California PDL provides up to four months of leave time.
New California Pregnancy Leave
By Christopher W. Olmsted
Under the California Fair Employment and Housing Act, covered California employers are required to provide up to four months of leave time for employees with pregnancy-related disabilities. Additionally, employers must accommodate pregnant employees in various ways. California has implemented new pregnancy leave regulations effective December 30, 2012. Employers should note the changes and update policies and practices.
Generally, a woman is “disabled by pregnancy” if, in the opinion of her health care provider, she is unable because of pregnancy to perform any essential job function.
The new regulations add specific examples of conditions which may be considered disabling or which may give rise to the right to time off. They include: severe morning sickness, time off for prenatal or postnatal care; bed rest; gestational diabetes; pregnancy-induced hypertension; preeclampsia; post-partum depression; childbirth; loss or end of pregnancy; or recovery from childbirth, loss or end of pregnancy.
Employers should note that some of these conditions may occur after pregnancy. For example, an employee suffering from post-partum depression may be entitled to time off, a job transfer, or other form of reasonable accommodation.
The regulations specify that generally lactation without medical complications is not a “disability related medical condition” requiring pregnancy disability leave, although it may require transfer to a less strenuous or hazardous position or other reasonable accommodation.
The regulations also note that with respect to lactation, California Labor Code section 1030 requires employees to provide break time to express breast milk.
Amount of Leave Time
California PDL provides up to four months of leave time. How should an employer calculate that time period? Many employers have assumed that four months equals 16 weeks. Under the new regulations, this assumption is incorrect. The new regulations specify that “four months” is equal to 17 1/3 weeks (one-third of 52 weeks).
If an employee does not work full time, the four months is calculated based on the number of days the employee would normally work within four continuous calendar months. A full time employee would be entitled to 693 hours of leave based on 40 hours per week times 17 1/3 weeks. Part time employees receive a pro rata amount. For example, an employee who works 20 hours per week is entitled to 346.5 hours of leave. And, notably, a person who works 48 hours per week is entitled to 832 hours of leave.
If an employee’s schedule varies from month to month, a monthly average of the hours worked over the four months prior to the beginning of the leave shall be used for calculating the employee’s normal work month.
Reasonable Accommodation or Transfer
Most California employers are aware that PDL provides up to four months of time off from work. Another aspect of the law that is often overlooked is the obligation to provide reasonable accommodation or transfer to another position. The new regulations supply additional details in this regard.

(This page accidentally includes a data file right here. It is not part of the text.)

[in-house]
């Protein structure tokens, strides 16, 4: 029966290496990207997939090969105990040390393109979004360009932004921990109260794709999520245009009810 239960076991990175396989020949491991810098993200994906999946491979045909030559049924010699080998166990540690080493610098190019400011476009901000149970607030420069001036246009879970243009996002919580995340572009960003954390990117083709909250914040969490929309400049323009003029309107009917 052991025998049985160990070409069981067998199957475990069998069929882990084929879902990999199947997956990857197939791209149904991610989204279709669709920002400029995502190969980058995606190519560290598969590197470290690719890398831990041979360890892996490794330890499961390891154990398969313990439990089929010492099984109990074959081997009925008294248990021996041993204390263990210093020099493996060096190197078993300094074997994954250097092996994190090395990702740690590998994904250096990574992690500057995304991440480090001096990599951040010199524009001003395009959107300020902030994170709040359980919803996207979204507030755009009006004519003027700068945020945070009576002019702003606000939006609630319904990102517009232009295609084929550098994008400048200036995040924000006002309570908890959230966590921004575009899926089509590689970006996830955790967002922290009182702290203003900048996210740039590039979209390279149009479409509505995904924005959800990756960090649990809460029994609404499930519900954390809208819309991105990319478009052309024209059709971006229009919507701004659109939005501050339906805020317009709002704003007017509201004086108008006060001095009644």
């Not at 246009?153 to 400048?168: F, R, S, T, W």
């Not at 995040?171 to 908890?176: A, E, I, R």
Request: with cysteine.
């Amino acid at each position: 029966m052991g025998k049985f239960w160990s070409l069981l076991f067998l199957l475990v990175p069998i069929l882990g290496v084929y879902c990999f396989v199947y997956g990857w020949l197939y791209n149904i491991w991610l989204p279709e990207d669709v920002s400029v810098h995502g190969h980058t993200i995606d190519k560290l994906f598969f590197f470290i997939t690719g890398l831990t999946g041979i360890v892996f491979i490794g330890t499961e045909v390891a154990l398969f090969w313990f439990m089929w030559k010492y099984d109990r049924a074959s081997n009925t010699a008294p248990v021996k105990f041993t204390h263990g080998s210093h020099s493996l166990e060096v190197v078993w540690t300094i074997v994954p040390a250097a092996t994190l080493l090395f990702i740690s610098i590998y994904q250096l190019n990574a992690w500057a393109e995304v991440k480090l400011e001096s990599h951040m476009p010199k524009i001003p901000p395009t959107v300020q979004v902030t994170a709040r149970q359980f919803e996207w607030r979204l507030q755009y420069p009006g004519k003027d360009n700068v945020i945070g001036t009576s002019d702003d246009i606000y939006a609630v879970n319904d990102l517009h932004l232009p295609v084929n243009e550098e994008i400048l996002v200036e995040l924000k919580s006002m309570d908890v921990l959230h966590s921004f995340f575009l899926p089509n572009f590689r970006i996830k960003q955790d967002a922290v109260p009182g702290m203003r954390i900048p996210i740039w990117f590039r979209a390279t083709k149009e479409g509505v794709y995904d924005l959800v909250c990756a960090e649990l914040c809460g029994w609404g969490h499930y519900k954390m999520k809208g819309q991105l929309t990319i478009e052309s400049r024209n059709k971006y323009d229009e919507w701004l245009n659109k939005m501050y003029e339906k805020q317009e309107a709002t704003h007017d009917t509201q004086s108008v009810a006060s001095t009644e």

Reasonable accommodation of an employee affected by pregnancy is any change in the work environment or in the way a job is customarily done that is effective in enabling an employee to perform essential job functions. In this regard it is not unlike reasonable accommodation under the ADA or FEHA for disabled employees.
The regulations mandate that employers provide any reasonable accommodation that is medically advisable. As with the ADA and FEHA, employers are obligated to engage in an interactive process with the employee. However, unlike the ADA and FEHA, the regulations provide no avenue for discussing alternative accommodations and offer no exceptions for undue hardship.
Where the accommodation is a change in job duties or restructuring, the employee’s four month leave entitlement is unaffected. But where the accommodation is a reduced schedule or intermittent time off, the time is deducted from the leave entitlement.
The regulations also require an employer to transfer an employee to an available position upon advice of a health care provider.
PDL requires employers to reinstate employees to their original positions upon the conclusion of the pregnancy-related medical condition. The new regulations eliminate an exception that permitted employers to deny reinstatement where preserving the job would substantially undermine the employer’s ability to operate the business safely and efficiently.
If the employer is excused from reinstating the employee to the same position (e.g. the position was eliminated for reasons unrelated to the absence) then the employer must reinstate the employee to a comparable position. The new regulations specify that the employer must offer any position for which the employee is qualified, if it opens up within 60 calendar days of the schedule return date. The new regulations also state that the employer has an affirmative obligation to provide notice of openings to the employee by phone, email, website links, letter or in person.
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This article is intended as a brief overview of the law and are not intended to substitute as legal advice. Any questions or concerns regarding any statute or case law should be addressed to a licensed attorney. Copyright © 2013 by Barker Olmsted & Barnier, APLC. San Diego, California. All rights reserved.